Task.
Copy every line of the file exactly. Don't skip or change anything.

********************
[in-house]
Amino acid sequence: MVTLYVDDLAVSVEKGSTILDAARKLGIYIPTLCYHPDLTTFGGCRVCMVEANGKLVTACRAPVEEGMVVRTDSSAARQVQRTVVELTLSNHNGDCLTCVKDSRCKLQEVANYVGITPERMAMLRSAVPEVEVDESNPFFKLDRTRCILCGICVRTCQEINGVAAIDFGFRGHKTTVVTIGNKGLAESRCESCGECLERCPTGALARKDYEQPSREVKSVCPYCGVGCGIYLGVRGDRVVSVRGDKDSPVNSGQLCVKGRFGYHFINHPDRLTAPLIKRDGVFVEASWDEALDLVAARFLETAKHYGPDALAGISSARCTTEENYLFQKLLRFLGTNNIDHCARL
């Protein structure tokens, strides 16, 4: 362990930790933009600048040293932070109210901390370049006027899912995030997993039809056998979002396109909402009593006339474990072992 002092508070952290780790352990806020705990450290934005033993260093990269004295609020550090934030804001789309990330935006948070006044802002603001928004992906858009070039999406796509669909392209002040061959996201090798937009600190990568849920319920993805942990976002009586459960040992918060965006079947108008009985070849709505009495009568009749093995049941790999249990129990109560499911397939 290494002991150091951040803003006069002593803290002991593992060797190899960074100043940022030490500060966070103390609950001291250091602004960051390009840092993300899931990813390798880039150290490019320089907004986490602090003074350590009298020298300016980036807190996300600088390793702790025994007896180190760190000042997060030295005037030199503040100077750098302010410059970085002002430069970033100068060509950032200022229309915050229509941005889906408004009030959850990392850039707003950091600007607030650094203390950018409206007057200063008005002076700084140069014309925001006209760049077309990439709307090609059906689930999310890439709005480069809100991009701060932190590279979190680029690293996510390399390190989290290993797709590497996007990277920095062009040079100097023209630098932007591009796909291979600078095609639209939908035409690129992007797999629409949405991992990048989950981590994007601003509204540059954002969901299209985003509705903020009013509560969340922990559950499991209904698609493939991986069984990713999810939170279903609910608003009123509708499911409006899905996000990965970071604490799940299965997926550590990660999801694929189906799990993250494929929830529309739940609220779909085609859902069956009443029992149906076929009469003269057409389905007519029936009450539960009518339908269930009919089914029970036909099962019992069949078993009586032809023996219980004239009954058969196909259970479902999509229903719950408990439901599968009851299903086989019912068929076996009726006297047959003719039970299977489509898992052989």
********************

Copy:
[in-house]
Amino acid sequence: MVTLYVDDLAVSVEKGSTILDAARKLGIYIPTLCYHPDLTTFGGCRVCMVEANGKLVTACRAPVEEGMVVRTDSSAARQVQRTVVELTLSNHNGDCLTCVKDSRCKLQEVANYVGITPERMAMLRSAVPEVEVDESNPFFKLDRTRCILCGICVRTCQEINGVAAIDFGFRGHKTTVVTIGNKGLAESRCESCGECLERCPTGALARKDYEQPSREVKSVCPYCGVGCGIYLGVRGDRVVSVRGDKDSPVNSGQLCVKGRFGYHFINHPDRLTAPLIKRDGVFVEASWDEALDLVAARFLETAKHYGPDALAGISSARCTTEENYLFQKLLRFLGTNNIDHCARL
């Protein structure tokens, strides 16, 4: 362990930790933009600048040293932070109210901390370049006027899912995030997993039809056998979002396109909402009593006339474990072992 002092508070952290780790352990806020705990450290934005033993260093990269004295609020550090934030804001789309990330935006948070006044802002603001928004992906858009070039999406796509669909392209002040061959996201090798937009600190990568849920319920993805942990976002009586459960040992918060965006079947108008009985070849709505009495009568009749093995049941790999249990129990109560499911397939 290494002991150091951040803003006069002593803290002991593992060797190899960074100043940022030490500060966070103390609950001291250091602004960051390009840092993300899931990813390798880039150290490019320089907004986490602090003074350590009298020298300016980036807190996300600088390793702790025994007896180190760190000042997060030295005037030199503040100077750098302010410059970085002002430069970033100068060509950032200022229309915050229509941005889906408004009030959850990392850039707003950091600007607030650094203390950018409206007057200063008005002076700084140069014309925001006209760049077309990439709307090609059906689930999310890439709005480069809100991009701060932190590279979190680029690293996510390399390190989290290993797709590497996007990277920095062009040079100097023209630098932007591009796909291979600078095609639209939908035409690129992007797999629409949405991992990048989950981590994007601003509204540059954002969901299209985003509705903020009013509560969340922990559950499991209904698609493939991986069984990713999810939170279903609910608003009123509708499911409006899905996000990965970071604490799940299965997926550590990660999801694929189906799990993250494929929830529309739940609220779909085609859902069956009443029992149906076929009469003269057409389905007519029936009450539960009518339908269930009919089914029970036909099962019992069949078993009586032809023996219980004239009954058969196909259970479902999509229903719950408990439901599968009851299903086989019912068929076996009726006297047959003719039970299977489509898992052989």